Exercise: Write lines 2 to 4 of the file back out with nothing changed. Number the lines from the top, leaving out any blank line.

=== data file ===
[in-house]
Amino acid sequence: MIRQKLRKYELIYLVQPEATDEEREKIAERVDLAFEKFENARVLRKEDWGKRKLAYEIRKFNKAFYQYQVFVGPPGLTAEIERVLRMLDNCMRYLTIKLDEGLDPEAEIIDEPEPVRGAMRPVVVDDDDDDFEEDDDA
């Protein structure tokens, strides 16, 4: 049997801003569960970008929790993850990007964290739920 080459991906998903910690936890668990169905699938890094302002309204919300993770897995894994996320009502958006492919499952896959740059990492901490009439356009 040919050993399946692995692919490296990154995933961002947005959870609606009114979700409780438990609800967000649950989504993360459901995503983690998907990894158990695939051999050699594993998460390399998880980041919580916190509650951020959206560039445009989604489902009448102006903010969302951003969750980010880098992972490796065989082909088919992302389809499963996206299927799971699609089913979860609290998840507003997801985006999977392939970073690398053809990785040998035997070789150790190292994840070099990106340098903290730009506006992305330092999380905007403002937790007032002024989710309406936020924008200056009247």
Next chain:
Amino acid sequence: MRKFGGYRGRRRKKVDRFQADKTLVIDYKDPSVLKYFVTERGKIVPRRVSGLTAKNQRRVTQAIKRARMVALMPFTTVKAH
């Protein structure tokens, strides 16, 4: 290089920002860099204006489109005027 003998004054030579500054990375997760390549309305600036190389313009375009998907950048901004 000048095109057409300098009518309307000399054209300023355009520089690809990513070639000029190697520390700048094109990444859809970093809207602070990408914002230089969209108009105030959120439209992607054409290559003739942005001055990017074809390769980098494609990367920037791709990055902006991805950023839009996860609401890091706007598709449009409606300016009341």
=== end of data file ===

Amino acid sequence: MIRQKLRKYELIYLVQPEATDEEREKIAERVDLAFEKFENARVLRKEDWGKRKLAYEIRKFNKAFYQYQVFVGPPGLTAEIERVLRMLDNCMRYLTIKLDEGLDPEAEIIDEPEPVRGAMRPVVVDDDDDDFEEDDDA
């Protein structure tokens, strides 16, 4: 049997801003569960970008929790993850990007964290739920 080459991906998903910690936890668990169905699938890094302002309204919300993770897995894994996320009502958006492919499952896959740059990492901490009439356009 040919050993399946692995692919490296990154995933961002947005959870609606009114979700409780438990609800967000649950989504993360459901995503983690998907990894158990695939051999050699594993998460390399998880980041919580916190509650951020959206560039445009989604489902009448102006903010969302951003969750980010880098992972490796065989082909088919992302389809499963996206299927799971699609089913979860609290998840507003997801985006999977392939970073690398053809990785040998035997070789150790190292994840070099990106340098903290730009506006992305330092999380905007403002937790007032002024989710309406936020924008200056009247």
Next chain: